PATRIOT — Cadot Blessing Camp #126 of the Sons of the Union Veterans, recently replaced the illegible headstone of Civil War veteran Wilhelm Rodeman at Bethesda Cemetery.
Rich Rodeman began digging into his family history several years ago, only to find that he has union veteran heritage in his lineage. Rodeman was able to find the grave of his third great-grandfather through the website, findagrave.com.
Wilhem Rodeman was the first in his family to come to America, having joined the Union war effort soon after arriving in Pittsburgh. He immigrated from Hanover Germany in the 1850’s. He was a member of the 74th Pennsylvania Infantry: company F. Towards the end of his military career, Wilhem suffered from Typhoid fever, having been medically discharged from what is now the Gallipolis Developmental Center. After Wilhelm passed away his family moved west to Indiana.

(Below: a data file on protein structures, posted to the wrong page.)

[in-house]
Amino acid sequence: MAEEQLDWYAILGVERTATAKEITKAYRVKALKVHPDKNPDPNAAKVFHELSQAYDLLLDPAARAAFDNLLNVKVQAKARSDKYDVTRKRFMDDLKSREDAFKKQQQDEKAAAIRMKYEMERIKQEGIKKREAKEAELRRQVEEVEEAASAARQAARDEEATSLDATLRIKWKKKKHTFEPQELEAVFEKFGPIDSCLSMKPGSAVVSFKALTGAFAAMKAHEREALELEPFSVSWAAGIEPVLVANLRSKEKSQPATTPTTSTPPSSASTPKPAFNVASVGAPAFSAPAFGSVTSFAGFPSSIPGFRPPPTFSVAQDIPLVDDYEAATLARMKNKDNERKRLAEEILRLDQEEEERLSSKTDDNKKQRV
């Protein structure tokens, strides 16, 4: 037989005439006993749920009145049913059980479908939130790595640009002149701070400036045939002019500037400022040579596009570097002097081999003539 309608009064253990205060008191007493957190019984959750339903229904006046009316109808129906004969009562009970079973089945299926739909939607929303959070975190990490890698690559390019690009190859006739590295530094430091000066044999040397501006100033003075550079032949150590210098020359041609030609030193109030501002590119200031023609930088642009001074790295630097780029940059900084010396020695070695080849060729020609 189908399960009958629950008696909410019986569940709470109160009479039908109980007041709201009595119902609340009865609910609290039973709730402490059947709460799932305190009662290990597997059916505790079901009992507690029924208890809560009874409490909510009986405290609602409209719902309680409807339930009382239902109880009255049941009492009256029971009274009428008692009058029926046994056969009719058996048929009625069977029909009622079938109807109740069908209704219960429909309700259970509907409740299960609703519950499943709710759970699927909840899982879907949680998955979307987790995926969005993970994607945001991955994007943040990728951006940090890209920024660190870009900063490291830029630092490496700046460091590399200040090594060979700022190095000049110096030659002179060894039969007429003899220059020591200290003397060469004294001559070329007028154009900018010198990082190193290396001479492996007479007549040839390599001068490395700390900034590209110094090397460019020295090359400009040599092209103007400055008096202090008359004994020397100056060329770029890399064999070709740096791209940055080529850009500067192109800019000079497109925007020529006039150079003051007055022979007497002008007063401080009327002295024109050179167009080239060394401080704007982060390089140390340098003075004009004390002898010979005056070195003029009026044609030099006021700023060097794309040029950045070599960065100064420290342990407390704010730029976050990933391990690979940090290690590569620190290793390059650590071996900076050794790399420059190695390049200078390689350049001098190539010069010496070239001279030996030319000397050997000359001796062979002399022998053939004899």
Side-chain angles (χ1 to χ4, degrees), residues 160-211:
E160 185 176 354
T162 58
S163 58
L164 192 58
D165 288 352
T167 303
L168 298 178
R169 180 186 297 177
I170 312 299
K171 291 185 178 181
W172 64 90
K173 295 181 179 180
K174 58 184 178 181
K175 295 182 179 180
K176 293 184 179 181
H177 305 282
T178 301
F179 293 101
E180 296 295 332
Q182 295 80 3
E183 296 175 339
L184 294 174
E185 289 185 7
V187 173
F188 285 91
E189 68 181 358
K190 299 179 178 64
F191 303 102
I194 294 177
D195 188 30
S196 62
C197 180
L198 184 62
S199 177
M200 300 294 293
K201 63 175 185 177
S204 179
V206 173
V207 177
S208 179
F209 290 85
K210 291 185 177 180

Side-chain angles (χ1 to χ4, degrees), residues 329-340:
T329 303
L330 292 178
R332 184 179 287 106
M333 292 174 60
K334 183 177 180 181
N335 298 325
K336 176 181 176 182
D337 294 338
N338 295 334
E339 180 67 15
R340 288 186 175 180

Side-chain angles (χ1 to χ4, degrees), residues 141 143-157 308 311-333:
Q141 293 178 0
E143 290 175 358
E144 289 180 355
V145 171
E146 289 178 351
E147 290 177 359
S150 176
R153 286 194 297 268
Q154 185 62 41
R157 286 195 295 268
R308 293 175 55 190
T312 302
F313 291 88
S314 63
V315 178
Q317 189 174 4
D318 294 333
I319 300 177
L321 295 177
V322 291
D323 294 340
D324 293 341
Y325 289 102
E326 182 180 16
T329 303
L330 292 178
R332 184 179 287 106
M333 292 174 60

Rich and his wife came from Saint Louis Missouri for the ceremony and to honor their ancestor.
“I began doing ancestry work several years ago and learned that Wilhelm was the first in my family to come to America, but I didn’t know where his grave was,” Rich explained. “I was lucky to find it on find-a-grave.”
It turns out that he has another descendant buried in the same cemetery, although his gravestone is still in excellent shape.
The headstone ceremony was put on by the the Sons of Union Veterans, who regularly replace damaged or illegible headstones of Union Veterans around Gallia County. The new stone was provided by the federal government, which provides headstones in the case of illegible gravemarkers.
The old stone was pulled Friday afternoon with Rich and his wife Mary Ann helping out while the official ceremony was held Saturday at 11 a.m. at Bethesda Cemetery with more of the Rodeman family coming from central Indiana.
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